SA cricket needs a shift in thinking

Ottis Gibson. (Photo by Thinus Maritz / Gallo Images)

The Proteas will not get anywhere with the strategy they’ve adopted in the last two years.

Next week Thursday, Cricket South Africa’s board is expected to finalise discussions over Proteas coach Ottis Gibson’s future.

The West Indian’s tenure contractually concludes at the end of September, but with the national side embarking on a daunting trip to India in the middle of that month, clarity on his position is sorely needed.

Gibson seems to be popular among his players and has an unashamed ally in captain Faf du Plessis.

My view is that the 50-year-old should be given the boot, not just because of the World Cup failure, but also for the fact that he’s prioritising short-term gains – such as encouraging seamer-friendly surfaces for home Tests for, let’s face it, “easy wins” – instead of moulding a balanced squad.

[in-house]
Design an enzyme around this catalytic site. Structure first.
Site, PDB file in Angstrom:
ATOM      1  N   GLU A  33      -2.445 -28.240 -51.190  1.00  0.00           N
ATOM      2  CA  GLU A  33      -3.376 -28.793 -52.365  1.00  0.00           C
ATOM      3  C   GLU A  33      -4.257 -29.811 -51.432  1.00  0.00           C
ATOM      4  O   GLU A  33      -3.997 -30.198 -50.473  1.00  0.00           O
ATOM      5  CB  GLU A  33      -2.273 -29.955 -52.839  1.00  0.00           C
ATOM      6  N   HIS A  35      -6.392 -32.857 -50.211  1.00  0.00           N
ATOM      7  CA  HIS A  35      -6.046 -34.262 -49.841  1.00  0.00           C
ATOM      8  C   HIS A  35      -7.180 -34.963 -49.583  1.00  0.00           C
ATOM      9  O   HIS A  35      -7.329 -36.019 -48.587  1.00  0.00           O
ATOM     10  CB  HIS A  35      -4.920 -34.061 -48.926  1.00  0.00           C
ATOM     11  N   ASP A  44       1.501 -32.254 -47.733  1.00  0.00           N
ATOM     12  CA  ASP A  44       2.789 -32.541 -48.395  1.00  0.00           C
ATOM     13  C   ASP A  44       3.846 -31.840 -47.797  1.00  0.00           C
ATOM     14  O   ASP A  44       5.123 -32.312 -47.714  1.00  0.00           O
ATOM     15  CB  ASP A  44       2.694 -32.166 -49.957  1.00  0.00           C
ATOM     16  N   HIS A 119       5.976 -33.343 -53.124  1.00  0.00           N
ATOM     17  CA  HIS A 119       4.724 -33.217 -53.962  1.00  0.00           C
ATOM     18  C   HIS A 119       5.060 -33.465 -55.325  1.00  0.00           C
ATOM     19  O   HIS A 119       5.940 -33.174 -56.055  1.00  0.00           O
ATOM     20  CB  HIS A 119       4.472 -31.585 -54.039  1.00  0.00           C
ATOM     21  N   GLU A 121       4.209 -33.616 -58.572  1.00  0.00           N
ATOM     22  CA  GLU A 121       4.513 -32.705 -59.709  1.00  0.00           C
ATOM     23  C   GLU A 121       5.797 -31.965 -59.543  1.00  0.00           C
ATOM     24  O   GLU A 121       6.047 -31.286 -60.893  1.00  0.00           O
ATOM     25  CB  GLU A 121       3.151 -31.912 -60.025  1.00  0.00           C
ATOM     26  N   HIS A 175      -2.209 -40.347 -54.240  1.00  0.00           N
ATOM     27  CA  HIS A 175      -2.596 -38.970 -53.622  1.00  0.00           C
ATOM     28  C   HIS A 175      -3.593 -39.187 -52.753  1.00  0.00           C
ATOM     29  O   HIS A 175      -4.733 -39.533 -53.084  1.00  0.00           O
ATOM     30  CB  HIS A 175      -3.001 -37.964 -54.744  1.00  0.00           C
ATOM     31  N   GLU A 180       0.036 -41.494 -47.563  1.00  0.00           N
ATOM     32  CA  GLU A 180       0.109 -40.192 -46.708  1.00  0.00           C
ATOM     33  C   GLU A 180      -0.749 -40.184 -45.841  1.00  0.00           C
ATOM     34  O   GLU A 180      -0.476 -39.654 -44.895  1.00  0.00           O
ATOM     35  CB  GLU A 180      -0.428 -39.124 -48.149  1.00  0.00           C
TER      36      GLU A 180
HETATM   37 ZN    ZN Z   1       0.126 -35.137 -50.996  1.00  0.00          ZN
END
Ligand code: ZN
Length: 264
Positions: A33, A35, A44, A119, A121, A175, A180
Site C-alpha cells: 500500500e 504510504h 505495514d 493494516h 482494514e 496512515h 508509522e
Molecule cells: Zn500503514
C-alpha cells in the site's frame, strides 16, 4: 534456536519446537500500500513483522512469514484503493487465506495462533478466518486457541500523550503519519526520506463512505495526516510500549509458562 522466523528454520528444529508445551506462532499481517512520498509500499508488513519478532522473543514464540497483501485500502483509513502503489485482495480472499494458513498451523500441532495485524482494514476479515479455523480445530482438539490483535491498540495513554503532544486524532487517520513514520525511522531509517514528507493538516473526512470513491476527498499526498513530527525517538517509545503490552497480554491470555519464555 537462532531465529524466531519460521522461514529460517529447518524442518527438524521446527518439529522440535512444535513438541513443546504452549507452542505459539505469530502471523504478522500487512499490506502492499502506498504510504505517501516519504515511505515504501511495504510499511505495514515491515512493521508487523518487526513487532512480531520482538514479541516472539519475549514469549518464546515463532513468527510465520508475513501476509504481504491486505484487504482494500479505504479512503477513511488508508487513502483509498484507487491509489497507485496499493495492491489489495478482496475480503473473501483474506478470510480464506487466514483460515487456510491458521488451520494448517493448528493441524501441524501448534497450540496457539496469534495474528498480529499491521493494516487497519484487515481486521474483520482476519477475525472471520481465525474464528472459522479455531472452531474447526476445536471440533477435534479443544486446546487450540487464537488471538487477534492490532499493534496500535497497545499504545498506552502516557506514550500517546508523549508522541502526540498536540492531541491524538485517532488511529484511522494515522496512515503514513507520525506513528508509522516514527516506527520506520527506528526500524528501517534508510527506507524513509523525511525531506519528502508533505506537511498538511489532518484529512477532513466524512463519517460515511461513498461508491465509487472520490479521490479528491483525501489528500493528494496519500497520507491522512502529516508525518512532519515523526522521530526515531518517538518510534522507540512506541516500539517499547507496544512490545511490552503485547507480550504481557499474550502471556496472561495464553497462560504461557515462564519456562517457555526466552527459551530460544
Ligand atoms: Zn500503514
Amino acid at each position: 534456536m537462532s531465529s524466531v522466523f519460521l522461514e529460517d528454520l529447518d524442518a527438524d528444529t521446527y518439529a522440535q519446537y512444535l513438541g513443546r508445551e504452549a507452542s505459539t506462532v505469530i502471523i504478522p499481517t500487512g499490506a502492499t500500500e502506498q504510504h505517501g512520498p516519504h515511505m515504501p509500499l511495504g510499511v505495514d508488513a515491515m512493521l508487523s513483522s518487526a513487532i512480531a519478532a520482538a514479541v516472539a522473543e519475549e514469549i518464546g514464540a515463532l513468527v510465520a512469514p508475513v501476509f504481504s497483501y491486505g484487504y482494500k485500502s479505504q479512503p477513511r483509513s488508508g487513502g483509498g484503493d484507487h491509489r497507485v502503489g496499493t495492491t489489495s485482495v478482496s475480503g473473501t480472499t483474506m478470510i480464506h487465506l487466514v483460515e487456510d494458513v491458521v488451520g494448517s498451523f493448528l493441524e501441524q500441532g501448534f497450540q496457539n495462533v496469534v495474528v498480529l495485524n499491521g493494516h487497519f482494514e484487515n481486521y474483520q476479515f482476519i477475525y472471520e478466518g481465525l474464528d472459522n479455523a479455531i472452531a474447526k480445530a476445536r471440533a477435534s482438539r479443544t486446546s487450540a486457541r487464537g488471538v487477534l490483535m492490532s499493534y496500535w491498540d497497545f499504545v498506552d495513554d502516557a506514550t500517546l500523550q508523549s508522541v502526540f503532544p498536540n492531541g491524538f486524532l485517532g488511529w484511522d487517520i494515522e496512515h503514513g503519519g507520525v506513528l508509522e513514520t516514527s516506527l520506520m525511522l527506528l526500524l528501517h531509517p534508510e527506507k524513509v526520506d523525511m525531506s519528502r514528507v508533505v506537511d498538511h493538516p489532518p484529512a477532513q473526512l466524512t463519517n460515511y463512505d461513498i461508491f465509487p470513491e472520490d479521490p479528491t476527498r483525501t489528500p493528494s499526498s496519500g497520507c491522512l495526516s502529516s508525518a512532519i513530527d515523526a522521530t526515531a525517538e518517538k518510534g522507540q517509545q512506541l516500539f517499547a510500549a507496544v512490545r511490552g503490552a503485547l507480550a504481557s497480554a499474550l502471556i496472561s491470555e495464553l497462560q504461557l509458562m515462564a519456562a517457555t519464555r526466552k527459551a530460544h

However, should Gibson’s contract be renewed, there needs to be a fundamental shift in thinking.

The new season marks the start of the ICC’s Test championship, essentially meaning that every Test series that South Africa now contests isn’t about a simple ranking anymore. The four-year cycle ends with a showdown between the best sides.

The Proteas will not get anywhere with the strategy they’ve adopted in the last two years.

They were hopeless away from home against Sri Lanka in 2018 as they patently couldn’t play the spin and then embarrassingly lost on local shores too earlier this year against the same opponents, who exploited bowler-friendly pitches far better.

Gibson and Du Plessis argue this maximises the team’s strengths, which is a potent bowling attack that can blow away opposition batsmen. In the process, local batsmen are becoming starved of confidence and lose their ability to apply themselves and fill their boots with runs.

The Proteas need to revert back to the blueprint of Graeme Smith’s great team of 2007 to 2014. South Africa consistently stayed in the top two of the world rankings exactly because they were one of the few teams who made a point of winning overseas.

But to do that, South African players need to be exposed to varied conditions.

Heinz Schenk.

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